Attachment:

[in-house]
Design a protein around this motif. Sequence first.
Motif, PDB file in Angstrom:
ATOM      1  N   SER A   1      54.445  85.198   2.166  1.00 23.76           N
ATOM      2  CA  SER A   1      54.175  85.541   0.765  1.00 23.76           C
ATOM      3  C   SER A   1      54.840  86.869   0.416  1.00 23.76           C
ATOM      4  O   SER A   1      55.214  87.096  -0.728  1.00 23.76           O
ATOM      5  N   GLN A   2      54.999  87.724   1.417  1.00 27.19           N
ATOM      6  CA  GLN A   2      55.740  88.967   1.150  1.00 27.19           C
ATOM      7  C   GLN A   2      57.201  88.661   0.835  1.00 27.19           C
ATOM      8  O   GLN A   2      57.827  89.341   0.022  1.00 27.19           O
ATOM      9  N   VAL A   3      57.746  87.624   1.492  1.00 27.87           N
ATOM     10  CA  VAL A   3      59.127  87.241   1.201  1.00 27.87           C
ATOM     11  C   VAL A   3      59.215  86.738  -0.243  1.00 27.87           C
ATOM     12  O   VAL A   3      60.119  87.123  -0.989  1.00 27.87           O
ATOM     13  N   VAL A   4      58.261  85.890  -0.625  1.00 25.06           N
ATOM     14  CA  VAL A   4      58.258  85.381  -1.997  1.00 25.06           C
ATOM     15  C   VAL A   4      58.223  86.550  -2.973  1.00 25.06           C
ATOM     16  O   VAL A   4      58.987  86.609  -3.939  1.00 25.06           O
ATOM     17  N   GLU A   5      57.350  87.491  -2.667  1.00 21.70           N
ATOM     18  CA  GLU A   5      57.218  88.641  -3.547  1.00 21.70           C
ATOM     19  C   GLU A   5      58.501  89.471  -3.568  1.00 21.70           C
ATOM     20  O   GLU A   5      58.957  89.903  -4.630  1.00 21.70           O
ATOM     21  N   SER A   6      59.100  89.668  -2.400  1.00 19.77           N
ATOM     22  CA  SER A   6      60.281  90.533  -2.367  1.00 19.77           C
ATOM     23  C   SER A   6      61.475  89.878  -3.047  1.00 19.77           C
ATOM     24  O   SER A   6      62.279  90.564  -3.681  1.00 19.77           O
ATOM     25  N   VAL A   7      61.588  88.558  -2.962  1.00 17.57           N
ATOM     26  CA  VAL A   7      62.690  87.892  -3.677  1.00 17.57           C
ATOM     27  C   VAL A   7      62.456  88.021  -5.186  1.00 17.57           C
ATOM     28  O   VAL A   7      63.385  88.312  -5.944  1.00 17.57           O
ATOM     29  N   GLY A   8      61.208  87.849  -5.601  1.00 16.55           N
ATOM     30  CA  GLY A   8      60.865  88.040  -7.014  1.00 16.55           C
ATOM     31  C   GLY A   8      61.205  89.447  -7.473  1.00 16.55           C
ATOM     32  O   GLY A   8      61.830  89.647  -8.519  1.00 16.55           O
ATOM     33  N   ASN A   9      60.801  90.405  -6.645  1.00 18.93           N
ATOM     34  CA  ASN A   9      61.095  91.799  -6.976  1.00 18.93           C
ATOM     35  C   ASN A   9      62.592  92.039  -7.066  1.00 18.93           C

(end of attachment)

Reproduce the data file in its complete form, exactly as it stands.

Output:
[in-house]
Design a protein around this motif. Sequence first.
Motif, PDB file in Angstrom:
ATOM      1  N   SER A   1      54.445  85.198   2.166  1.00 23.76           N
ATOM      2  CA  SER A   1      54.175  85.541   0.765  1.00 23.76           C
ATOM      3  C   SER A   1      54.840  86.869   0.416  1.00 23.76           C
ATOM      4  O   SER A   1      55.214  87.096  -0.728  1.00 23.76           O
ATOM      5  N   GLN A   2      54.999  87.724   1.417  1.00 27.19           N
ATOM      6  CA  GLN A   2      55.740  88.967   1.150  1.00 27.19           C
ATOM      7  C   GLN A   2      57.201  88.661   0.835  1.00 27.19           C
ATOM      8  O   GLN A   2      57.827  89.341   0.022  1.00 27.19           O
ATOM      9  N   VAL A   3      57.746  87.624   1.492  1.00 27.87           N
ATOM     10  CA  VAL A   3      59.127  87.241   1.201  1.00 27.87           C
ATOM     11  C   VAL A   3      59.215  86.738  -0.243  1.00 27.87           C
ATOM     12  O   VAL A   3      60.119  87.123  -0.989  1.00 27.87           O
ATOM     13  N   VAL A   4      58.261  85.890  -0.625  1.00 25.06           N
ATOM     14  CA  VAL A   4      58.258  85.381  -1.997  1.00 25.06           C
ATOM     15  C   VAL A   4      58.223  86.550  -2.973  1.00 25.06           C
ATOM     16  O   VAL A   4      58.987  86.609  -3.939  1.00 25.06           O
ATOM     17  N   GLU A   5      57.350  87.491  -2.667  1.00 21.70           N
ATOM     18  CA  GLU A   5      57.218  88.641  -3.547  1.00 21.70           C
ATOM     19  C   GLU A   5      58.501  89.471  -3.568  1.00 21.70           C
ATOM     20  O   GLU A   5      58.957  89.903  -4.630  1.00 21.70           O
ATOM     21  N   SER A   6      59.100  89.668  -2.400  1.00 19.77           N
ATOM     22  CA  SER A   6      60.281  90.533  -2.367  1.00 19.77           C
ATOM     23  C   SER A   6      61.475  89.878  -3.047  1.00 19.77           C
ATOM     24  O   SER A   6      62.279  90.564  -3.681  1.00 19.77           O
ATOM     25  N   VAL A   7      61.588  88.558  -2.962  1.00 17.57           N
ATOM     26  CA  VAL A   7      62.690  87.892  -3.677  1.00 17.57           C
ATOM     27  C   VAL A   7      62.456  88.021  -5.186  1.00 17.57           C
ATOM     28  O   VAL A   7      63.385  88.312  -5.944  1.00 17.57           O
ATOM     29  N   GLY A   8      61.208  87.849  -5.601  1.00 16.55           N
ATOM     30  CA  GLY A   8      60.865  88.040  -7.014  1.00 16.55           C
ATOM     31  C   GLY A   8      61.205  89.447  -7.473  1.00 16.55           C
ATOM     32  O   GLY A   8      61.830  89.647  -8.519  1.00 16.55           O
ATOM     33  N   ASN A   9      60.801  90.405  -6.645  1.00 18.93           N
ATOM     34  CA  ASN A   9      61.095  91.799  -6.976  1.00 18.93           C
ATOM     35  C   ASN A   9      62.592  92.039  -7.066  1.00 18.93           C